Like any other industries, medical manufacturing strives to produce quality parts at lower cost and with faster processing times. Cius points to the QV Stream vision-based system for high-throughput applications. While it offers 1.5-µm accuracy, what is unique is that the system uses stroboscopic illumination and a progressive scan camera to boost speed up to five times when compared to conventional processing, according to the company. "This system never stops moving," explains Cius, while conventional systems move, stop, collect data, and move again. "This capability would be especially useful in products like multilumen tubings or medical packaging—soft parts where noncontact measurement is needed and the parts are made in high volume," he observes. New in 2010 for the QV Stream System was improved concurrent-image processing that can measure nonlinear data points through an interpolated path. "This makes it more useful for a wider array of medical parts," says Cius. "Medical device parts are getting smaller to be less invasive in the body. As they shrink, we need to measure ever-smaller parts and tolerances."
A tool frequently used for near-process measurements in manufacturing cells are optical comparators. These devices project a magnified silhouette of a part on a screen. Operators check the dimensions and geometry of the part against limits, using Mylar overlays. Generally easy to use by shop-floor personnel, and relatively easy on the capital budget, they are popular metrology tools for manufacturers of irregular parts, according to Patrick Beauchemin, an engineer with VISIONx (Pointe-Claire, Quebec, Canada). These components include orthopedic replacement knees, hips, bonescrews, and craniomaxialfacial implants. Handling the overlays, making sure the part number is at the right revision level, and accounting for operator differences are known issues with these devices.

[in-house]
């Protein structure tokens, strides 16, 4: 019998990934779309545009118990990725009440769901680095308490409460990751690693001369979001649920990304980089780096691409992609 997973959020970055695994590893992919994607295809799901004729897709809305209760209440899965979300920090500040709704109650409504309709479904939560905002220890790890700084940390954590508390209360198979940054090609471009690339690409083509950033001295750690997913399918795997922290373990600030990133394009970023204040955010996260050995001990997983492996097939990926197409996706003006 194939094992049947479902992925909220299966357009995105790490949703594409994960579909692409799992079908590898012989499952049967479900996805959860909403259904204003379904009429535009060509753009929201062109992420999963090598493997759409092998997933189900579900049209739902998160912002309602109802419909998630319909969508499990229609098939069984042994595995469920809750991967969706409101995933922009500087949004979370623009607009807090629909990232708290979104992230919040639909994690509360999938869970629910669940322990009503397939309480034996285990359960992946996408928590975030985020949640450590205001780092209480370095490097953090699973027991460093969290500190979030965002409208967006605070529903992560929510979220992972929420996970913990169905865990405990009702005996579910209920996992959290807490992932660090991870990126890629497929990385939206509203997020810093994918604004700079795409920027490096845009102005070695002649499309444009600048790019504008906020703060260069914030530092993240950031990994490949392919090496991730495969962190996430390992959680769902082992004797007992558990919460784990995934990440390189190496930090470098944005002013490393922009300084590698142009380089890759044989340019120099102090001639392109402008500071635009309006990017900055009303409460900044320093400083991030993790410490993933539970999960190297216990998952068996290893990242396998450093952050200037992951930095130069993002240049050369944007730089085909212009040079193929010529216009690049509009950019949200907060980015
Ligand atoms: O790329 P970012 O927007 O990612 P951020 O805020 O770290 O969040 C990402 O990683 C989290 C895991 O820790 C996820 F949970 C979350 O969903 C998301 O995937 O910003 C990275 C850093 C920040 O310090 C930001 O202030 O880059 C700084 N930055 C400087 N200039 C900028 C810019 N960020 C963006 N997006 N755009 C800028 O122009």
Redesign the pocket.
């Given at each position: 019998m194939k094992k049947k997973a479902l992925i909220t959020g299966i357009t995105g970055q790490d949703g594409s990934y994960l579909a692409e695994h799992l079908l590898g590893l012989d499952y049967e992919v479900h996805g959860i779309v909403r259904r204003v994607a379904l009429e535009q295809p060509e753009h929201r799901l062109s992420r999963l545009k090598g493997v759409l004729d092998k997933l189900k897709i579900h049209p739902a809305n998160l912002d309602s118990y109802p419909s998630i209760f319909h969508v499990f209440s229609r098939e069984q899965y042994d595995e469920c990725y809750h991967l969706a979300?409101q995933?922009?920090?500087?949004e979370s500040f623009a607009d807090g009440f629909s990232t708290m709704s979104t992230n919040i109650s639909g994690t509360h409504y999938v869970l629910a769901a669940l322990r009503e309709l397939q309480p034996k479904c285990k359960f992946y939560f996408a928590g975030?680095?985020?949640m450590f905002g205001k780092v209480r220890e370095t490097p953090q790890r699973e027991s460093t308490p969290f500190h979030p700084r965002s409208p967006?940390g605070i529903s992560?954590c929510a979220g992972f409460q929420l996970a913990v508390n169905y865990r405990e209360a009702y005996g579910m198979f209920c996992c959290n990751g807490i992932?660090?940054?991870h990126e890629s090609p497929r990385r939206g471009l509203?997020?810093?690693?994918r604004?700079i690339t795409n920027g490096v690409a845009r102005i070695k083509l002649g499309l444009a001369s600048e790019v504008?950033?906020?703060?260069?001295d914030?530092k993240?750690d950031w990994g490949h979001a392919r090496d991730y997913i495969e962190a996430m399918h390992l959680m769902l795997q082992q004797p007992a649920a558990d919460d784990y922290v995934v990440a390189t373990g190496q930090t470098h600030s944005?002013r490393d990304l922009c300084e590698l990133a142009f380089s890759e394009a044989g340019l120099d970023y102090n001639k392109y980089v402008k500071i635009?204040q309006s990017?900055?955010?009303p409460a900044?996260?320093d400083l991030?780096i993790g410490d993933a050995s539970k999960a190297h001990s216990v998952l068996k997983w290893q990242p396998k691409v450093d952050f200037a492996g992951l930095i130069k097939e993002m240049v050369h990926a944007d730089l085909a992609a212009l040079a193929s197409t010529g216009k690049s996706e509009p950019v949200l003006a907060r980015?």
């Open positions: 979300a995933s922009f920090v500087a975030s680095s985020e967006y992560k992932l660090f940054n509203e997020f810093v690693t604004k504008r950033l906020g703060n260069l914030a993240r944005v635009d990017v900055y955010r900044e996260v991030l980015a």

"A few of our medical device manufacturers urged us to adapt our vision systems and software to create a digital optical comparator," explains Beauchemin. Enter the VisionGauge digital optical comparator. Using machine vision instead of optics, the system has the look and feel of an optical comparator, but compares images of parts directly with CAD data in DXF format, eliminating a hard overlay. Images are stored and deviations recorded digitally, without human intervention. A full range of magnifications is possible—5, 10, 20, 50 and 100×—for a range of accuracies. "For example, at 50× magnification, we can deliver 0.0001" [0.003 mm] measurement uncertainty," explains Beauchemin.